Next weekend, some of the nation’s keenest beer aficionados will be in DC. The occasion? Savor: An American Craft Beer & Food Experience. Forty-eight breweries from across the country will take part in the controlled bacchanal celebrating the art and science of pairing good beer with good cuisine. Guests will be treated to a reception of 35 food tastings, each with a suggested beer pairing. Representatives from breweries will be on hand to give seminars and talk up their favorite pints.
Every brewery that comes will be bringing one or two craft beers, each to be paired with the appetizers (supplied by Federal City Caterers). Some of the most interesting pairing ideas include Sexual Chocolate Imperial Stout with crostini of figs and prosciutto (Foothills Brewing Co., North Carolina), Liquid Sunshine Blonde Ale with steamed Thai turkey dumplings (Hoppy Brewing Co., California), and a Tartanic Scottish Ale with crème brûlée (Blackfoot River Brewing Co., Montana).
As intriguing as these pairings sound, we called in some experts from Savor for advice on how to make a perfect beer/food match. Lucy Saunders, author of The Best American Beer and Food, believes that beer pairing is all about personal taste: “Everybody’s palate is different, so there’s no way you can guess at what might be a good match before you try it. I like to look for dominant flavors in the meal, the method of preparation, and the setting in which you’re eating, but you just never know. That’s why Savor is so exciting: you’ll be able to experiment with your pairings, find what works for you. When you make a great match, that memory stays with you. It’s a brand-new flavor of your own creation.”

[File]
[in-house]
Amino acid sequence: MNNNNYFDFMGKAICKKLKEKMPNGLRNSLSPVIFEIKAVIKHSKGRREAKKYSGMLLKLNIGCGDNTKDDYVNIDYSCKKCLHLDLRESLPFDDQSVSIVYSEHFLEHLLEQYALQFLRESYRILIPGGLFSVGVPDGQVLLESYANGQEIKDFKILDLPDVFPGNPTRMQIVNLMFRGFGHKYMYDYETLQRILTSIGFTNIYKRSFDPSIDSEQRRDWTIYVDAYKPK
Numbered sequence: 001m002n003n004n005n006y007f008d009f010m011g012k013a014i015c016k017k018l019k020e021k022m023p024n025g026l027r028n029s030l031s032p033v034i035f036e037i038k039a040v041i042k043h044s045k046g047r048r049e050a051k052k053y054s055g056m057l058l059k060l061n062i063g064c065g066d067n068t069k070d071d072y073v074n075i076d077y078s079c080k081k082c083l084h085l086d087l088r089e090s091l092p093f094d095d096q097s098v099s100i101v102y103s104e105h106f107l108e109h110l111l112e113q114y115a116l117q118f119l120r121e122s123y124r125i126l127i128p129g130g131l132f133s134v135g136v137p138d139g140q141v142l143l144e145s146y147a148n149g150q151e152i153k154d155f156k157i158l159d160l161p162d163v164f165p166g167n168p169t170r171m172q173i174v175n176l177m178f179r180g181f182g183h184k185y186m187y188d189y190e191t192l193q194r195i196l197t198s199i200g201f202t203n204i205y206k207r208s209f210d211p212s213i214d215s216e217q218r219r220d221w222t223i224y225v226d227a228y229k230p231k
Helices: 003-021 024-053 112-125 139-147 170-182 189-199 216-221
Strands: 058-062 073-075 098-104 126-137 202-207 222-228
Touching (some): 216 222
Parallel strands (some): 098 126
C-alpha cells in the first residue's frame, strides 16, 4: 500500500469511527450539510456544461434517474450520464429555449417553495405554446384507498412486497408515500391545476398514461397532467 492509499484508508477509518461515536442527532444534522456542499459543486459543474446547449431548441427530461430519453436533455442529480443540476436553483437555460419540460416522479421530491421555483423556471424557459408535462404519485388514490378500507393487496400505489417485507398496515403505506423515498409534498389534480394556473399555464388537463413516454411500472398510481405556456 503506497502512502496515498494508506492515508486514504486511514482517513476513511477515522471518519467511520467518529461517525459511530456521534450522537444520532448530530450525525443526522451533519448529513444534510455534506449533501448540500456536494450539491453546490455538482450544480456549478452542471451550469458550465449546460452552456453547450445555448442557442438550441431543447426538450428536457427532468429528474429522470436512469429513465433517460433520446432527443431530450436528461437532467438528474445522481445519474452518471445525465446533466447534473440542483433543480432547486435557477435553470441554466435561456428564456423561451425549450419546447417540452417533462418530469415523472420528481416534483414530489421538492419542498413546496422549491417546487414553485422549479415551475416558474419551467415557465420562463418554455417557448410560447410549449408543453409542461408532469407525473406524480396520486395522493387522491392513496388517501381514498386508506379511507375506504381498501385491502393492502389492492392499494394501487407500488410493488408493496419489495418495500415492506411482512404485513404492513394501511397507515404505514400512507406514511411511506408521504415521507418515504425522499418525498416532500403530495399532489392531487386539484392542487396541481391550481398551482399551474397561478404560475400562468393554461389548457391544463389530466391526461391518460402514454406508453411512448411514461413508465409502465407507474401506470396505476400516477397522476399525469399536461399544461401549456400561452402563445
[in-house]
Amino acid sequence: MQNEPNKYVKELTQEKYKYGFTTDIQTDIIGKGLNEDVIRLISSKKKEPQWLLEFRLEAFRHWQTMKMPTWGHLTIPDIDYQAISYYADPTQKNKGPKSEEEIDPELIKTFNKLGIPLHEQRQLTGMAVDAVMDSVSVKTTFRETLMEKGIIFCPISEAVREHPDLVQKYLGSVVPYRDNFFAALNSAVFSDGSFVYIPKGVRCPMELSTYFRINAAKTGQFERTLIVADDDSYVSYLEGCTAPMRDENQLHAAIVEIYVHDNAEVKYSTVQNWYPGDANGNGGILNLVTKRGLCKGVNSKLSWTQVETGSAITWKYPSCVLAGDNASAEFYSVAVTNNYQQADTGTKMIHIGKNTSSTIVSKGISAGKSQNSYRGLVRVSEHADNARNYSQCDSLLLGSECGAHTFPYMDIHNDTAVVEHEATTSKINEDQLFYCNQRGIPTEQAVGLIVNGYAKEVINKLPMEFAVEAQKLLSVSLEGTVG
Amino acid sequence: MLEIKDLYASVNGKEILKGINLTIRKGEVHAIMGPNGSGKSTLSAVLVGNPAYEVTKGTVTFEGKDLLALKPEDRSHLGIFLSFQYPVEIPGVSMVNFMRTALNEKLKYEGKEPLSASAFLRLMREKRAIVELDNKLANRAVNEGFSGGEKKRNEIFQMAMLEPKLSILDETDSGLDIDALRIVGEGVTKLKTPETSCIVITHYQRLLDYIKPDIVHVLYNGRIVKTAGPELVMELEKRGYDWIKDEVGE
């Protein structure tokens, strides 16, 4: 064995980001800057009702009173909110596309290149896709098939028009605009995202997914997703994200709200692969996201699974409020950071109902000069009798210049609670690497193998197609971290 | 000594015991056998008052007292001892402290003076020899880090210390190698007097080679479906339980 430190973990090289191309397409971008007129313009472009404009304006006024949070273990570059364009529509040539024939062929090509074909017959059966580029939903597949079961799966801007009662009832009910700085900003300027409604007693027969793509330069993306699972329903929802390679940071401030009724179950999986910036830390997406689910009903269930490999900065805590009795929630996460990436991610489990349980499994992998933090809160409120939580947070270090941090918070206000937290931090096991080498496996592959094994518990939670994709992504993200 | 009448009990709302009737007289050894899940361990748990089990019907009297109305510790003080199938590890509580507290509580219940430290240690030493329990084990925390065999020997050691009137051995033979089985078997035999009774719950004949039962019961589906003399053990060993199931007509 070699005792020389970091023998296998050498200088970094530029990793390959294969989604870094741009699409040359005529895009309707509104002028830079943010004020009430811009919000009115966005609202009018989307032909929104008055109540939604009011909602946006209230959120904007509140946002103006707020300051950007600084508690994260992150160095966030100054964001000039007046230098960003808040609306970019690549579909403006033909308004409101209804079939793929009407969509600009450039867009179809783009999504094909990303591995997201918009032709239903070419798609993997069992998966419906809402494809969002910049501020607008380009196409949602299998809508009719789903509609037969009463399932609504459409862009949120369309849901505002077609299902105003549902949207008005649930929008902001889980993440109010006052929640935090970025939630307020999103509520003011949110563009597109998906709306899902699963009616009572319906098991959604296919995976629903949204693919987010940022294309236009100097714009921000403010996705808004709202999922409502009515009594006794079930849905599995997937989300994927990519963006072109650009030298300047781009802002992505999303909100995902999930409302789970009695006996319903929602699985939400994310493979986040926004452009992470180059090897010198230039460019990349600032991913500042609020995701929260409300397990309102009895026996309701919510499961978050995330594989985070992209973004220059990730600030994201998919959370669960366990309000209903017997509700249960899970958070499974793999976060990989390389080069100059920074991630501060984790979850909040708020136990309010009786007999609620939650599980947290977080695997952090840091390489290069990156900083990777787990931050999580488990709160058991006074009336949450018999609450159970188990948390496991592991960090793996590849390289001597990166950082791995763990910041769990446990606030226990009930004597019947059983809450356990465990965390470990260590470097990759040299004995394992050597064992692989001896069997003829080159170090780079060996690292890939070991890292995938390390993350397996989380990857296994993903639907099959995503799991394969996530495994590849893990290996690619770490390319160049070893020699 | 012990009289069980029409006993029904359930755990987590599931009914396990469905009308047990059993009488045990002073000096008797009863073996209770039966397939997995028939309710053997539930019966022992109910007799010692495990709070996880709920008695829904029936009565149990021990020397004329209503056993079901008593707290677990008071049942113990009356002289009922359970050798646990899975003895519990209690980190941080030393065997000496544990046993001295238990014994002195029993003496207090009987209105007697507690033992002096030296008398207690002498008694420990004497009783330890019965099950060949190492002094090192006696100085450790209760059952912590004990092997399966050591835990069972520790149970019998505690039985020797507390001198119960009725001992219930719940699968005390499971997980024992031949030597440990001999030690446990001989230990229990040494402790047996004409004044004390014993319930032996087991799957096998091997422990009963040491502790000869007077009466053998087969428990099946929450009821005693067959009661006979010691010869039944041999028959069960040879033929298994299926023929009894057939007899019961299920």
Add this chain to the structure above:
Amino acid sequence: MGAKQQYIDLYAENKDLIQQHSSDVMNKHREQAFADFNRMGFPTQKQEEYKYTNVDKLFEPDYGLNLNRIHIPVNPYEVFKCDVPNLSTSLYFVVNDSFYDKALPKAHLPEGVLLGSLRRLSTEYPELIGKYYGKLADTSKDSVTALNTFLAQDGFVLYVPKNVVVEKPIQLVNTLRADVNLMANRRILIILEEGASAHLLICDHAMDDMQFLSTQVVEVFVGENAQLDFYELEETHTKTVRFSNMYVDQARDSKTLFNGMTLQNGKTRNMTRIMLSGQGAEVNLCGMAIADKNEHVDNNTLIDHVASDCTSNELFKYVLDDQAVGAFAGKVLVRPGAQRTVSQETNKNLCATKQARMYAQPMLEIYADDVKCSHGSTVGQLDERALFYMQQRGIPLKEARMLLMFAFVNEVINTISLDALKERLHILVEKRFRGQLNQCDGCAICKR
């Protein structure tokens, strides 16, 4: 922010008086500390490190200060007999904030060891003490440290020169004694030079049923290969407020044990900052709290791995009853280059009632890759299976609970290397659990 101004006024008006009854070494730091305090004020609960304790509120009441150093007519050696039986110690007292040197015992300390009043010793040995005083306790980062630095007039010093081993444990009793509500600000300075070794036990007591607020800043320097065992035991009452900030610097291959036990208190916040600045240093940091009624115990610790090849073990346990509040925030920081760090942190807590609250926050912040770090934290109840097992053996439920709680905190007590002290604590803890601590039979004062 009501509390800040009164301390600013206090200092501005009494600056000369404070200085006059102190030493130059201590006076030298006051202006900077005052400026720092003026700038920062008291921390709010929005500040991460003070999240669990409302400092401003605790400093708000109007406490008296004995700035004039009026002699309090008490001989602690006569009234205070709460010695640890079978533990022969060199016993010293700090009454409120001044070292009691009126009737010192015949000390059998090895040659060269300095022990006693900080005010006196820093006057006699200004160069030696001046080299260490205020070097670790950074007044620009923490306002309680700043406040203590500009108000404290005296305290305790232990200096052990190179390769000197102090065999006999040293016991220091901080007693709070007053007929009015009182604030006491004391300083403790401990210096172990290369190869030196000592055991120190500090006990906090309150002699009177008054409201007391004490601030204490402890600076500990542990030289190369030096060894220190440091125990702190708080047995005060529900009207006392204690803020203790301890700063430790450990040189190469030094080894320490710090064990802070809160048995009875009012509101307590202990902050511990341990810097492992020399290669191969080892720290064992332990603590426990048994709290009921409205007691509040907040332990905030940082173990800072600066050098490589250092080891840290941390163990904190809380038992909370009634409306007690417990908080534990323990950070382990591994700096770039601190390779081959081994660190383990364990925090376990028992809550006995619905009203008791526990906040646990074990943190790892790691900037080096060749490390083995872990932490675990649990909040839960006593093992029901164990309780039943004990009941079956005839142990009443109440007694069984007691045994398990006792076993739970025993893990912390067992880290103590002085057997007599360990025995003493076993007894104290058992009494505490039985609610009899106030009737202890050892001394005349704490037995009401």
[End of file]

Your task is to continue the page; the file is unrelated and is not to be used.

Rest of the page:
Saunders knows what she’s talking about. She’s been writing about beer for more than 20 years. In college, majoring in Middle English, she eschewed a term paper in favor of a lively beer-fueled feast for her class.
Hugh Sisson, founder of Clipper City Beer in Baltimore, follows a simple rule: If it tastes good, it’s a good pairing. That said, Hugh gave us a few guidelines on how to get there. “Go by the three C’s,” he says. “Complement, contrast, and cut. You want to try a big food with a big beer so they can sustain each other, but the contrast is also important. Try some really savory sausages with a beer that has malty sweetness, like a doppelbock. Oysters with a dry Irish stout offer contrast in both flavors and texture.
“The cut might be most important. I like steamed crabs, and those have to come with beer. A good pale ale or crisp Pilsner works because it’s got all that peppery spice to cut through the strong flavors of the crab and refresh the palate for the next bite. The beer takes over for a minute, and when you get back to the crab it’s like you’re starting all over again.”
On Saturday afternoon, Sisson will preside over a seminar on Chesapeake food and beer, with tastings of duck and crab. With his help, you might be able to find the perfect malty match and make a memory. And if that doesn’t work? Well . . . it’s beer. You’ll still come away with a good buzz.
Savor will be held Friday, May 16, and Saturday, May 17, at the Andrew W. Mellon Auditorium (1301 Constitution Ave., NW). There are three full sessions of tastings and seminars: Friday from 6:30 to 10 PM and Saturday from 12:30 to 4 (sold out, but the Web site encourages you to call to see if you can snag extra tickets) and 6:30 to 10. Tickets, which include all food, drink, and seminars, are $89 per person and $54 for designated drivers. For more information, call 303-447 0816, ext. 131 or click here. More>> Best Bites Blog | Food & Dining | Restaurant Finder